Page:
Why Chiquita Is Lobbying Against a 9/11 Victims Bill

Banana giant Chiquita is aggressively lobbying against a 9/11 victims bill that would make it easier to sue financial backers of terrorist groups.

Its concern? This legislation could force the Cincinnati-based multinational fruit corporation to pay up for its financial backing of a right-wing paramilitary organization in Colombia that is widely recognized as a “terrorist” organization, including by the United States government, for massacring civilians, committing torture and other atrocities.

Journalist Tim Mak revealed Tuesday in the Daily Beast that Chiquita has spent over $780,000 in the past year and a half to oppose the Justice Against Sponsors of Terrorism Act, which is sponsored by families of 9/11 victims and aimed at expanding the legal liability of financial backers for terrorist acts.

The legislation, which is currently stalled, would have implications beyond the 9/11 attacks if passed.

Chiquita in 2007 pleaded guilty to paying at least $1.7 million dollars to the United Self-Defense Forces of Colombia between 1997 and 2004. The company reached a plea deal with the U.S. Department of Justice, claiming that the payments had been extorted. It was forced pay $25 million dollars to the U.S. Department of Justice.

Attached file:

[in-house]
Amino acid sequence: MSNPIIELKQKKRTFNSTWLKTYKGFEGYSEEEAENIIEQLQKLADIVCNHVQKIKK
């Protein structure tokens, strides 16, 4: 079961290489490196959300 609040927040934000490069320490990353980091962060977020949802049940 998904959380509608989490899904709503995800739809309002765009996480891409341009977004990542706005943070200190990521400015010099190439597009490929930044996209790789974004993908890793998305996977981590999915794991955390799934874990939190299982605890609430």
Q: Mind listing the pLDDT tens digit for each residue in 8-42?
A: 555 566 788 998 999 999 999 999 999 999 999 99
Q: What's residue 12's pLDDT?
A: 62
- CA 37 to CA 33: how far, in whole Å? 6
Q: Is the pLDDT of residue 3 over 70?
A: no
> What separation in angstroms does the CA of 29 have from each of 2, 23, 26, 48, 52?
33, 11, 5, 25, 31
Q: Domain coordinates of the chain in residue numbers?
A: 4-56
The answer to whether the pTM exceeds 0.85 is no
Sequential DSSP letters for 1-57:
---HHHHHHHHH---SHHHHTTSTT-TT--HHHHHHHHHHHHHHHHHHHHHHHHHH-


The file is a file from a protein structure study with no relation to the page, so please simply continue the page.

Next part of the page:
Meanwhile, victims of the terrorism Chiquita funded have not seen a penny from the corporation.

In a statement sent to the Daily Beast, the company said its “sole interest” in lobbying against the 9/11 victims bill “is to ensure that the legislation does not inadvertently promote litigation against individuals and companies who, like Chiquita, were victims of extortion by terrorist groups.”